- The Washington Times - Friday, April 21, 2000

The fund-raising arms of House and Senate Democrats have banked more campaign cash than their Republican counterparts heading into this pivotal election season, despite the House Republicans' committee setting a fund-raising record in the first quarter.

With about 6 and 1/2 months to go before the election, the House Democrats' campaign committee has $10 million more in cash on hand than the Republicans. The campaign committee for Senate Democrats has $5.5 million more available than the Republicans' committee.

"We've been very frugal with our money," said John Del Cecato, spokesman for the Democratic Congressional Campaign Committee. "We firmly believe we need to save our resources for the real campaign."

The DCCC raised $12.3 million and had $28.6 million in cash on hand at the end of March for its bid to retake the House. That was 57 percent higher than the war chest of the National Republican Campaign Committee, which reported $18.2 million in the bank.

NRCC spokesman Carl Forti said House Republicans will close the gap.

"There's going to be no shortage of money," Mr. Forti said. "By the time 'D-Day' rolls around, we're confident we'll have more money than they do."

House Democrats hold the edge despite the NRCC raising $20 million in the first three months of this year, more than it raised in the entire 1993-94 campaign cycle. Rep. Thomas M. Davis III, Virginia Republican and NRCC chairman, has set a goal of $70 million for this election.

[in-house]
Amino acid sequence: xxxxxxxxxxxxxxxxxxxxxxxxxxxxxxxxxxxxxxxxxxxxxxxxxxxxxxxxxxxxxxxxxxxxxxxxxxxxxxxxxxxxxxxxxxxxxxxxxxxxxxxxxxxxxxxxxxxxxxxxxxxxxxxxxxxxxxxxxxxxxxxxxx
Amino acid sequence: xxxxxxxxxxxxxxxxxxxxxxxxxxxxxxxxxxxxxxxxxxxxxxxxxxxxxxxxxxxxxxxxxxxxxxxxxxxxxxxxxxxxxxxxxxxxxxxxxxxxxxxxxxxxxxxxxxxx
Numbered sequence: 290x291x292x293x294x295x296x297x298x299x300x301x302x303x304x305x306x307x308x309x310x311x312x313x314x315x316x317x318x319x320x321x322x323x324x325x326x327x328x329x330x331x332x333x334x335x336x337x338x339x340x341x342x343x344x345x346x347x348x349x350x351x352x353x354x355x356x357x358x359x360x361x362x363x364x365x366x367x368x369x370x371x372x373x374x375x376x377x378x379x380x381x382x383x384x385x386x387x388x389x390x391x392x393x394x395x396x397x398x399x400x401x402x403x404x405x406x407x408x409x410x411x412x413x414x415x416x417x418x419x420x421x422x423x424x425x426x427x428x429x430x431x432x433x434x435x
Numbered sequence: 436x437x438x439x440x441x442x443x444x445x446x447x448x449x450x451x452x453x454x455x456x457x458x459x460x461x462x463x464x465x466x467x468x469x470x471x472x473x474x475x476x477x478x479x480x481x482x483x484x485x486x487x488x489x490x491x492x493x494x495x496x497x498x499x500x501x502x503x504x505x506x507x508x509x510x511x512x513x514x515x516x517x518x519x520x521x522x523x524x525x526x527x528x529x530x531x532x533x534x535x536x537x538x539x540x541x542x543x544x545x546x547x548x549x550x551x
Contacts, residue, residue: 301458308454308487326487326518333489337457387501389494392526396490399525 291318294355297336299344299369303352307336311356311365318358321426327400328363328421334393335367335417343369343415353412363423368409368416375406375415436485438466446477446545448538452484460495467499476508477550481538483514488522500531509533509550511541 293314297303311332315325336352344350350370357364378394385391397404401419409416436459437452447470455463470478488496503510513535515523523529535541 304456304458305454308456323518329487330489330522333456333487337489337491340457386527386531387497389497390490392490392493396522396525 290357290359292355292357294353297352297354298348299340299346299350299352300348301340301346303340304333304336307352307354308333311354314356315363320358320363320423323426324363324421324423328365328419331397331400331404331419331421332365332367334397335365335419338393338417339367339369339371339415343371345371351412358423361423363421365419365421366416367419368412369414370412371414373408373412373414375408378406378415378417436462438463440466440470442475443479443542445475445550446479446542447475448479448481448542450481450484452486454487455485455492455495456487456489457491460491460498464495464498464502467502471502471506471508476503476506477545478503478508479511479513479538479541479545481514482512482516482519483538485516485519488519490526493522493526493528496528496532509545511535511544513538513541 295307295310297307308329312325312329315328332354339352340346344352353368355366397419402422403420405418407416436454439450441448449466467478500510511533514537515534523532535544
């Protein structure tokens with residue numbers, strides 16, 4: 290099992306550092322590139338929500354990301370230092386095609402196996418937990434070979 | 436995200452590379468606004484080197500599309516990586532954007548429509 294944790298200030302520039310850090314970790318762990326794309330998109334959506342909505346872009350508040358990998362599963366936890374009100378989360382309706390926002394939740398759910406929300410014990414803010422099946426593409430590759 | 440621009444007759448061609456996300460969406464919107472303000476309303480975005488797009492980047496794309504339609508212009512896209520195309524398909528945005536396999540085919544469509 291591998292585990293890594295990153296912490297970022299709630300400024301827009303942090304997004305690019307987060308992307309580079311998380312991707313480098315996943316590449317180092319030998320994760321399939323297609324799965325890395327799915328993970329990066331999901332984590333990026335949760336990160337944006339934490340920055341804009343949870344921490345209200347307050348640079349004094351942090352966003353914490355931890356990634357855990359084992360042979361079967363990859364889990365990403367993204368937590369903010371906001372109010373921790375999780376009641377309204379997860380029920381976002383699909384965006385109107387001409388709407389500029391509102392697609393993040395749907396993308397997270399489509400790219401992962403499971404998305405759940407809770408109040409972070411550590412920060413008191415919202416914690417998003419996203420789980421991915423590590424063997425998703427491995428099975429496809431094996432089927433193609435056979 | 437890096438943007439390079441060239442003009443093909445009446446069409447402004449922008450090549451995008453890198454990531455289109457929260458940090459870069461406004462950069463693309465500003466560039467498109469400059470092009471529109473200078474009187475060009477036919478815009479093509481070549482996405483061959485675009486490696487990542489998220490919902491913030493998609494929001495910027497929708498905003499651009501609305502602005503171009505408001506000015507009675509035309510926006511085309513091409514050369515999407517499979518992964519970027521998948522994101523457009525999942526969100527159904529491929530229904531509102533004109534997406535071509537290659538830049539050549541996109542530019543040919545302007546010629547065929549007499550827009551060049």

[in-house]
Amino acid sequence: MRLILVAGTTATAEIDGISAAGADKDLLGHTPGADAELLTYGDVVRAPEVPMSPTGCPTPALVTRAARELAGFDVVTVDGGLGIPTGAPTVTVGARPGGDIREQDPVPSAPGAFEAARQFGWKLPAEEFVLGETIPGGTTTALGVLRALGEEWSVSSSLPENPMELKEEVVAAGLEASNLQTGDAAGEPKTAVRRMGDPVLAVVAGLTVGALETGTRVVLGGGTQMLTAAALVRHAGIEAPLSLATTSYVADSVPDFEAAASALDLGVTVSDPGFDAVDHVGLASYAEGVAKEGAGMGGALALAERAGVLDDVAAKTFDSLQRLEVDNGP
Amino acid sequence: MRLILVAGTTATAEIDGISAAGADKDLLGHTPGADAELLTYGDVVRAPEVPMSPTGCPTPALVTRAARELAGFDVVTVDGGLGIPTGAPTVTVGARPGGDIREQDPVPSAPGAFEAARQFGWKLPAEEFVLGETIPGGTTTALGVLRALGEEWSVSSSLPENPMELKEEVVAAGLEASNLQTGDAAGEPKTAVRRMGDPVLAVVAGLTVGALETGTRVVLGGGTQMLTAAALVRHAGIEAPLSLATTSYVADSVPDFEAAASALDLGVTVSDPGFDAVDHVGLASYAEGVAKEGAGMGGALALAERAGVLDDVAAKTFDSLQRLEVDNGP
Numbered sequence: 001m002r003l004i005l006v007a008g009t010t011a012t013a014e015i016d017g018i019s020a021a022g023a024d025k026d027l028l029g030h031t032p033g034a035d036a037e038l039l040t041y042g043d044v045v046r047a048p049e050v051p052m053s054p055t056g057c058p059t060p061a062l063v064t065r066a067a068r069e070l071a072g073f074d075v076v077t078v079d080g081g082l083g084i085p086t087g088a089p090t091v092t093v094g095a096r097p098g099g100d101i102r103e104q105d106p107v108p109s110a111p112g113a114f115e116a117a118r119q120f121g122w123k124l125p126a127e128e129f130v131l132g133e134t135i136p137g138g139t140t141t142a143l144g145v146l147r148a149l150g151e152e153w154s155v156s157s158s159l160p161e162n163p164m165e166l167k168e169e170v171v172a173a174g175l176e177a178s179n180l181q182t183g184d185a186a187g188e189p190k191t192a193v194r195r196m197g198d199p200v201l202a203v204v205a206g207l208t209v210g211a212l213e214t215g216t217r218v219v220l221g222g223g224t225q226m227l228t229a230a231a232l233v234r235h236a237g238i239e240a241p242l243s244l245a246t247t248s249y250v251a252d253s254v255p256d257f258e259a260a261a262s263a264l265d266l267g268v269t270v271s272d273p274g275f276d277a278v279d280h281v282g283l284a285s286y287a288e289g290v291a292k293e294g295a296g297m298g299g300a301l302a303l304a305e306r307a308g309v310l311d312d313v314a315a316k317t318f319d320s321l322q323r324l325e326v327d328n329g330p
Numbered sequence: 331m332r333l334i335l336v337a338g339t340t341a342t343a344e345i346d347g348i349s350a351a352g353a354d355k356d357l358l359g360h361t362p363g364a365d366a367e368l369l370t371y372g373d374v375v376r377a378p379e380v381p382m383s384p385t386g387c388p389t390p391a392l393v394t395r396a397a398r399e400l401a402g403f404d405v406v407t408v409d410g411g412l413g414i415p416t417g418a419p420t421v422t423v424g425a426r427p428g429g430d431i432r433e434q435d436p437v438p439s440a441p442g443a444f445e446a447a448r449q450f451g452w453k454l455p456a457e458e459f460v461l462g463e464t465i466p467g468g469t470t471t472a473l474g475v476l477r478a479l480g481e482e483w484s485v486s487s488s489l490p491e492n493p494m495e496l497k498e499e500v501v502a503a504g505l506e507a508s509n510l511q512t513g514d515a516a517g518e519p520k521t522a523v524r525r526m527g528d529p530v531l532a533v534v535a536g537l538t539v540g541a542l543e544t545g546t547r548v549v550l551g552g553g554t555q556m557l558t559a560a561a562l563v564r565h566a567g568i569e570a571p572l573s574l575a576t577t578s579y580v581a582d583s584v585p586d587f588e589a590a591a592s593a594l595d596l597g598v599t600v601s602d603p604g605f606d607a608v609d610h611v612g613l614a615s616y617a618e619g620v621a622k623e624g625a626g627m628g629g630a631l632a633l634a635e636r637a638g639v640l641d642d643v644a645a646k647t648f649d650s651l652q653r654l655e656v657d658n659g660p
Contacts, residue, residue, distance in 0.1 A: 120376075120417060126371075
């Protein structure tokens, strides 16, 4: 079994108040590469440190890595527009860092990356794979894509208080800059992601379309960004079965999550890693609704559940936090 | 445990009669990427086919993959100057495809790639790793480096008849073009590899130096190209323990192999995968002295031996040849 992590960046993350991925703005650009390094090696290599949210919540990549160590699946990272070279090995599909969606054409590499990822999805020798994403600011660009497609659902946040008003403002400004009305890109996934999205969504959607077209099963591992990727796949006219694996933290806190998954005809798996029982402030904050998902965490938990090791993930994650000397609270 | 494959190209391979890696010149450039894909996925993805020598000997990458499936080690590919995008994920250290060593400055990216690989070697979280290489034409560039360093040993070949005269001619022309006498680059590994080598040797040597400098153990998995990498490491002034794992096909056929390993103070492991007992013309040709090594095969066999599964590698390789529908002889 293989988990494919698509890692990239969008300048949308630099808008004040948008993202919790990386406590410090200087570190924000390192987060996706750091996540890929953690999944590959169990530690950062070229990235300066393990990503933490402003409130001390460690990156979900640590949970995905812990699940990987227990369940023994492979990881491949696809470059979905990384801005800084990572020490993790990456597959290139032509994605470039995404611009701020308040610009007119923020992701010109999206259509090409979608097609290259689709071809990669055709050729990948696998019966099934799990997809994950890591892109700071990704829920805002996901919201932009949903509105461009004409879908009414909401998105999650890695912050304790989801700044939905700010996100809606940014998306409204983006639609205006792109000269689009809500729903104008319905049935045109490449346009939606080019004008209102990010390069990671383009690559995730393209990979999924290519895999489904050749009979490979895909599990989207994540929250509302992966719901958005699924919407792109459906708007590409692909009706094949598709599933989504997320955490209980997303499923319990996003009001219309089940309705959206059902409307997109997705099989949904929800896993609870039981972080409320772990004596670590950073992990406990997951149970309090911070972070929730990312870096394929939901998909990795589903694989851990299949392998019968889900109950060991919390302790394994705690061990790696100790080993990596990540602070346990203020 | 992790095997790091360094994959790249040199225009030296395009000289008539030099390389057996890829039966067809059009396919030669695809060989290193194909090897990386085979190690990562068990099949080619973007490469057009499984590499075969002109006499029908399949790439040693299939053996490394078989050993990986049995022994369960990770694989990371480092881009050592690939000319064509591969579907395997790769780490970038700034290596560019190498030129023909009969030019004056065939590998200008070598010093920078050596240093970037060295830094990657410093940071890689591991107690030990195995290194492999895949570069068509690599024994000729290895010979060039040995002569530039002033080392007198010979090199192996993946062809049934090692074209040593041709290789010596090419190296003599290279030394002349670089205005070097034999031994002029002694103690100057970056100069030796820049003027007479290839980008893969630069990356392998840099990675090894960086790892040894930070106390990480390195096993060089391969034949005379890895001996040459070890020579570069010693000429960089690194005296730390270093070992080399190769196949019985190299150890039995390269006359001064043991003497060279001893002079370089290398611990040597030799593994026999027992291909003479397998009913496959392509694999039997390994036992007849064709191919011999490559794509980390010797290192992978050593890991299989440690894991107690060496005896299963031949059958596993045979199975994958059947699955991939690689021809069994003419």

Mr. Davis said two weeks ago that the NRCC has been hurt by Texas Gov. George W. Bush's devotion to fund raising for his presidential campaign instead of stumping for House candidates. President Clinton earlier this month appeared at a DCCC fund-raiser in Silicon Valley that raised $1.4 million, and Vice President Al Gore will attend a June 5 fund-raiser for the DCCC that is expected to rake in about $1.5 million.

Mr. Bush will meet NRCC officials in Washington later this month to plan fund-raising events for top-tier House candidates.

The DCCC has about a $9 million advantage in so-called "soft money," which cannot be spent directly on candidates.

Republicans hold 222 seats in the House to the Democrats' 211, with two independents. Twenty-three Republicans are retiring, compared with just seven Democrats.

For the Senate races, the Democratic Senatorial Campaign Committee raised $8.6 million in the first quarter and had $17.1 million in cash on hand, more than half of it soft money. The National Republican Senatorial Committee announced Thursday it had raised $10.5 million in the first three months, but has less cash on hand, $11.5 million. About $4.5 million of that was soft money.

DSCC spokesman David DiMartino said its cash-on-hand total is a 475 percent increase from the first quarter in 1998.

"We'll have more when it's time to make a difference in the fall," he said.

Stuart Roy, spokesman for the NRSC, said the committee has less cash on hand in part because it paid off a $5 million loan last year from the previous election cycle.

Republicans have a 55-45 advantage over Democrats in the Senate. Eighteen Republican senators are running for re-election, compared with 10 Democrats. Four Democrats and one Republican are retiring.

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